Julie Kondo is an interaction designer, not a robot or a panda. This is where she posts about things that inspire her.



link Google Maps: Designing the Modern Atlas

Check out this core77 article that, uh, maps out the product evolution of Google Maps. I love the glimpses into their process. We get to see the design decisions that emerged over time as they built the product into what it is today. It shows that you cannot make something great overnight. 


Upcoming Trends in Digital

Upstream posted a Trend Guide in preparation for this year’s Consumer Electronics Show.

Here are the “macro-trends” they listed in their blog post:


Personal biometrics and digital enabled behavior analysis will increasingly let consumers discreetly track and manage their lives more effectively.


New natural interfaces based on movement will allow more intuitive control of tech, increasing access to information and digital content.


Mobile “geo-awareness” technology, will create dramatic paradigm shifts to how we shop, socialize and how we are marketed to.


Integration of Social Media and The Cult of Influence into the TV experience will transform it from a media consumption device to a content curating experience.


The “appification of everything”, open source tech and accessible manufacturing merge the tangible product and digital, online worlds.

I think this is a pretty good roundup of things we saw in 2011. Check out the PDF in the article to see some examples. 

For 2012, I’m hoping we continue down the path of evolving things like “Gestural Interfaces & Augmented Reality”. Content is expanding into different devices, so those opportunities for improvement present themselves as huge UX challenges just waiting to be solved. Plus, if we want to use technology to help people, we need to think more about accessibility and what that means to everyone. Interaction design can go way beyond the flat screen. I wonder what will make up next year’s trend report?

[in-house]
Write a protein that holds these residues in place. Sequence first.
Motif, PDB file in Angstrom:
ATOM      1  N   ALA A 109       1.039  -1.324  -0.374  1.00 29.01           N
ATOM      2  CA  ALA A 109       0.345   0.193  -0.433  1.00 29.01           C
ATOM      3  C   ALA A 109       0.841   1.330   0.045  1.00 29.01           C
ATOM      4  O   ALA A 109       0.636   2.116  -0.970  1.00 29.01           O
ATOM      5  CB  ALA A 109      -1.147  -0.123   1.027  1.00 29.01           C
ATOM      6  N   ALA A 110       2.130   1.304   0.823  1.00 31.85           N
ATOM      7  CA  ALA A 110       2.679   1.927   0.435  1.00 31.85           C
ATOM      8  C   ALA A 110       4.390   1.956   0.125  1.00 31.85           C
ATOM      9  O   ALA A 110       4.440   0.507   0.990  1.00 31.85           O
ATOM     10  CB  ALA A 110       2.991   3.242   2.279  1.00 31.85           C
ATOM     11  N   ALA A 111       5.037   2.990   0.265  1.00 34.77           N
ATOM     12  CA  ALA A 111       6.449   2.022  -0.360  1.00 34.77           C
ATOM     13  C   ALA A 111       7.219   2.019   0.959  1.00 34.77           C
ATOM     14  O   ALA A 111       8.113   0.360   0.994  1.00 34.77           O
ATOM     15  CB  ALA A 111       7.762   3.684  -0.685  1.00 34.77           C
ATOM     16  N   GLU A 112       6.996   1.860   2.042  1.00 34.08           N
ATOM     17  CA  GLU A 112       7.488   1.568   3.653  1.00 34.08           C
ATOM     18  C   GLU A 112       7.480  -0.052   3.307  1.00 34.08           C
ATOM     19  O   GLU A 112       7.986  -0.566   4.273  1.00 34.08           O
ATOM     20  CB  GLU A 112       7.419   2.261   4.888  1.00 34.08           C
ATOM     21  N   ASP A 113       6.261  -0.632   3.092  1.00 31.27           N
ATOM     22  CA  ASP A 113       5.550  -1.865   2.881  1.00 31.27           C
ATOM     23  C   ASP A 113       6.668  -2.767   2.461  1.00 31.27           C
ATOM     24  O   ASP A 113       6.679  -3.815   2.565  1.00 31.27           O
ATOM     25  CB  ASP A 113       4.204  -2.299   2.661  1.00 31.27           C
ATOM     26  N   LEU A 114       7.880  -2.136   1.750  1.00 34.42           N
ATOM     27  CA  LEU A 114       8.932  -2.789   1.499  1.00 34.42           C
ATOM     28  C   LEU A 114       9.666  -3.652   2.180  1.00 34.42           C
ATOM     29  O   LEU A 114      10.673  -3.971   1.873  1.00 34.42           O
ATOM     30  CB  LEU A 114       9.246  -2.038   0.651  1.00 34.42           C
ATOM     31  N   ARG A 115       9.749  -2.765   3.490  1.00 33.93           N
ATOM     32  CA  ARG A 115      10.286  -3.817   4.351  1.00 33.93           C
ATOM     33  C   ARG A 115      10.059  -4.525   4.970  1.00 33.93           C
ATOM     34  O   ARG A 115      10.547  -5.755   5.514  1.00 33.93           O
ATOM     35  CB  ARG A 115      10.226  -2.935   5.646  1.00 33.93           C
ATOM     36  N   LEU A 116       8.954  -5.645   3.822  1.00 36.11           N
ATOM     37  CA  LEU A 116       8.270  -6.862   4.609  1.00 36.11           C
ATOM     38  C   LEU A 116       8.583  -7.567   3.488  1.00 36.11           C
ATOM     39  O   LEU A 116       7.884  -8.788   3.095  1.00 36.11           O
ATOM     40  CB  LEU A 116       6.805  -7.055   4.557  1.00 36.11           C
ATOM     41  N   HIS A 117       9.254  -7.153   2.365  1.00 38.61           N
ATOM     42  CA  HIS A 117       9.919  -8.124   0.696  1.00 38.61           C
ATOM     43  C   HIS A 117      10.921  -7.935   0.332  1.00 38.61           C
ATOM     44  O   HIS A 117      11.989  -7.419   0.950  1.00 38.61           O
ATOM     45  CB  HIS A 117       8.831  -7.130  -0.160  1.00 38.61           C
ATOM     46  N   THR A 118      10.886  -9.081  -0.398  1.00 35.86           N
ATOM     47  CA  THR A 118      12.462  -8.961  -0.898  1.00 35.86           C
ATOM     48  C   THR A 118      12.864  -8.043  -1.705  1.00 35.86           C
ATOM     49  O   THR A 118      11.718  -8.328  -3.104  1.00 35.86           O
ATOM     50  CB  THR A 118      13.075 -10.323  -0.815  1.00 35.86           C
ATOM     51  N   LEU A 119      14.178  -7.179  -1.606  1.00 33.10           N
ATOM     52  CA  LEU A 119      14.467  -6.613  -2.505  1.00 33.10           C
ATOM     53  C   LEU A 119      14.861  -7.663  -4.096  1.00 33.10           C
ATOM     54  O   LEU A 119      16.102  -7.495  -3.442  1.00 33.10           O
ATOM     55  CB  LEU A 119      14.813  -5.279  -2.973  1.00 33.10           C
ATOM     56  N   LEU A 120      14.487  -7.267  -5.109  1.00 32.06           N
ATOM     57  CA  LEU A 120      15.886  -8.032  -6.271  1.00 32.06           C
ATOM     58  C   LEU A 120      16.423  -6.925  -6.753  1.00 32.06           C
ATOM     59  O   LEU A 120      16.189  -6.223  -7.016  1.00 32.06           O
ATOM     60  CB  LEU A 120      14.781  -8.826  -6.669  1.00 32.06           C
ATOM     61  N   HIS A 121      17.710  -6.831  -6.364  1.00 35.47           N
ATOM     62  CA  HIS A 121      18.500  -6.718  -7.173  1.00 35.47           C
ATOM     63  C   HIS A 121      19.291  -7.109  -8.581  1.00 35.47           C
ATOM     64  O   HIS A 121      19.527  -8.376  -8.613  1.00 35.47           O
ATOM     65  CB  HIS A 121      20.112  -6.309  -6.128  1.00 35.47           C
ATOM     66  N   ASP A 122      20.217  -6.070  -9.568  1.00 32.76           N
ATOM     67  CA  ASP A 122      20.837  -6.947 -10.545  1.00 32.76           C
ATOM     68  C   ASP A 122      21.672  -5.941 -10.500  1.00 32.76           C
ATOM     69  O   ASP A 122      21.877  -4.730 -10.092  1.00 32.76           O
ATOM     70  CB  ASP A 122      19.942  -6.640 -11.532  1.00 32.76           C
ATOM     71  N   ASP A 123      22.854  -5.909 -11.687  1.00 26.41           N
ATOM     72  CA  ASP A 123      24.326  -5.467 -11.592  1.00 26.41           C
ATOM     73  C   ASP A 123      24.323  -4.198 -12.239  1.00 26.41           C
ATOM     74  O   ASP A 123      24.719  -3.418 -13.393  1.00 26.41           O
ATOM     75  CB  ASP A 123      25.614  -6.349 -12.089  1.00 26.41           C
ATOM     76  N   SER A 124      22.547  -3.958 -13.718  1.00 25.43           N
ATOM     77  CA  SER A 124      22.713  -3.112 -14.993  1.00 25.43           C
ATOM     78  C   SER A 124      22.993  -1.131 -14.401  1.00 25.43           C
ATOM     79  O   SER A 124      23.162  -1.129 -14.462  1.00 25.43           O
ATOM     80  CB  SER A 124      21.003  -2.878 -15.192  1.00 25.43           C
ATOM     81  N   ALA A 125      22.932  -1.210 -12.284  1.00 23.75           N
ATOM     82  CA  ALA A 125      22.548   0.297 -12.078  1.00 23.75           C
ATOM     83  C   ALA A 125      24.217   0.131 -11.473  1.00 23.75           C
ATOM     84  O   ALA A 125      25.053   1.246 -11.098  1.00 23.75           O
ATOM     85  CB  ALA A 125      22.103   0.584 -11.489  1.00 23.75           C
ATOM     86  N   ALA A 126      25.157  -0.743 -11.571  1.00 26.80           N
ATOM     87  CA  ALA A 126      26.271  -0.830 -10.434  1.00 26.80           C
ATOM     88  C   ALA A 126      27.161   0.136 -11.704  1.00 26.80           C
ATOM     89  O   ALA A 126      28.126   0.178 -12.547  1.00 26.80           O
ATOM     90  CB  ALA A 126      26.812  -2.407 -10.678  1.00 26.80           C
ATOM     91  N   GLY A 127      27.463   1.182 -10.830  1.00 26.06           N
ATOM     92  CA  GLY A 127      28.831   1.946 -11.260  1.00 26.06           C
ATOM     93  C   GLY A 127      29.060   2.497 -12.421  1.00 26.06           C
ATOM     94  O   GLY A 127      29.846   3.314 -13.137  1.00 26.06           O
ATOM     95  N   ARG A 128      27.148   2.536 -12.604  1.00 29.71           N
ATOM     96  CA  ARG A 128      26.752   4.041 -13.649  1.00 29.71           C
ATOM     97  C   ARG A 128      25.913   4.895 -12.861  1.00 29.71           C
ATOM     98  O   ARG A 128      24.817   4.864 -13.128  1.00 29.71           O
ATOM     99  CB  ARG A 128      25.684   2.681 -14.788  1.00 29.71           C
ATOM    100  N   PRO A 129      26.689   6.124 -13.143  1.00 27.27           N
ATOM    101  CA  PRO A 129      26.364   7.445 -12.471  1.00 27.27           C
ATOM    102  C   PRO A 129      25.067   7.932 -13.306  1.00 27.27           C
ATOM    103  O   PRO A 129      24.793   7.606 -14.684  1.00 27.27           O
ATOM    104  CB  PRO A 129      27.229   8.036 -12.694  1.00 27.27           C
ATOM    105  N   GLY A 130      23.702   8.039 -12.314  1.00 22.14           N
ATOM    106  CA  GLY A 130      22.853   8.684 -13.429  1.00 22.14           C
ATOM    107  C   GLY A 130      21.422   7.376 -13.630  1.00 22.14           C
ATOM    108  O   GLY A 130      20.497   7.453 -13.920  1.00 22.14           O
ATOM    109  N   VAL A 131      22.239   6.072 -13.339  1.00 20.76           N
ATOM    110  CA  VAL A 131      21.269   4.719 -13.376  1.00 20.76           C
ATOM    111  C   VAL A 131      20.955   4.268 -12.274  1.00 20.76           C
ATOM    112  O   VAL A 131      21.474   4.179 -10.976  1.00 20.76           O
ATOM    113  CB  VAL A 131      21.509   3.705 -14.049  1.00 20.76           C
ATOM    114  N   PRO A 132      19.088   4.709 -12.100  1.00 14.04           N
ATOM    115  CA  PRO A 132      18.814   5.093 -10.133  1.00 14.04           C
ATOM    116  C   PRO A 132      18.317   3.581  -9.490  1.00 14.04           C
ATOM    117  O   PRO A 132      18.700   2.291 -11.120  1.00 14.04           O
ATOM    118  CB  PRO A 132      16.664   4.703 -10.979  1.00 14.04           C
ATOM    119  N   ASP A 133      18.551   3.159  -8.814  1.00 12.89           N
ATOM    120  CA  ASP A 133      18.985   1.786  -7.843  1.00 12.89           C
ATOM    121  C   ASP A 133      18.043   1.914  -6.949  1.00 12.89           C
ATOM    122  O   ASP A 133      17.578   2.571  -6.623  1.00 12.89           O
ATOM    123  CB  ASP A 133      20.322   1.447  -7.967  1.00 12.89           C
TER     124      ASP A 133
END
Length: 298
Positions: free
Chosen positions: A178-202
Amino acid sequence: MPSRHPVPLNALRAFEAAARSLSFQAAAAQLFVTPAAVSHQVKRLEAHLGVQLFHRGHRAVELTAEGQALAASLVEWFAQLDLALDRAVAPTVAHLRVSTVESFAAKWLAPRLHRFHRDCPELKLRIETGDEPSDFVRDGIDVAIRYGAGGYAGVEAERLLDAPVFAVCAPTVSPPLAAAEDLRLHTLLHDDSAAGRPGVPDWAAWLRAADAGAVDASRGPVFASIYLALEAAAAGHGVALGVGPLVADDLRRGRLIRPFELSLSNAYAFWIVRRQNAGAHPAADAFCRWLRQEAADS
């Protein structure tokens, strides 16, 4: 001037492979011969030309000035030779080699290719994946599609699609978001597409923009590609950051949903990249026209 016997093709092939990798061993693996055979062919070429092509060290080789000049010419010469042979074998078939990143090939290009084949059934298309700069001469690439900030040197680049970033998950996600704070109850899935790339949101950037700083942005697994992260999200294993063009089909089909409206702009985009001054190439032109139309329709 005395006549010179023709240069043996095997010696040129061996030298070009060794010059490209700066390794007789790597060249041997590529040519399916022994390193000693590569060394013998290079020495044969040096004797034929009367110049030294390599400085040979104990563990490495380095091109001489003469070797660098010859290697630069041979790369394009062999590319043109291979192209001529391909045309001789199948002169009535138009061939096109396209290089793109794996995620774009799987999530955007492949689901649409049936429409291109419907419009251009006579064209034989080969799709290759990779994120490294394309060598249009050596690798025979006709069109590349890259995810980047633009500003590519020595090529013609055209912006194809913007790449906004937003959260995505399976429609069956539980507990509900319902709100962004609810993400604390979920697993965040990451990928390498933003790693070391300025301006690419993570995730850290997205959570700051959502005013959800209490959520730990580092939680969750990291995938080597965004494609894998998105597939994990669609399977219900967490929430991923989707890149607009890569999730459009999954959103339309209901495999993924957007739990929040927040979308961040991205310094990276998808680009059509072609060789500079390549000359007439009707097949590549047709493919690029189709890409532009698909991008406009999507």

Ryan Singer Designs in Real Time

UX Designer Ryan Singer from 37signals (makers of the amazing Basecamp, among other products) details his whole process in a long and informative video, which you can watch at Peepcode (it costs money, but there is a free preview). If you are at all interested in UX and Interaction Design, I highly recommend taking the time to watch this. How often to you get to see a talented designer’s thought process unfold in real time?

It is true that there is no substitute for real experience, and Ryan has a lot more of it than I do. As an observer, I was most curious to see how he would approach the UX problem and go about solving it. My biggest takeaway was that he looked at the experience holistically, rather than as a set of individual steps that needed to be mapped out one by one. The final interface and its usability were a result of him thinking about where the users start, what they can do, and where they end up. It’s a neat little showcase for both Ryan’s talent and the power of UX thinking.

link What are wireframes, and why does your website need them?

Wireframes truly are misunderstood. This article pretty much nails it on the head with two key words: a wireframe’s purpose is to “influence and guide the design process”.

(via Interaction Design Tactics For Visual Designers - Smashing Magazine)
Nothing beats hand-drawn wireframes
(via .net magazine)

Nothing beats hand-drawn wireframes

(via .net magazine)

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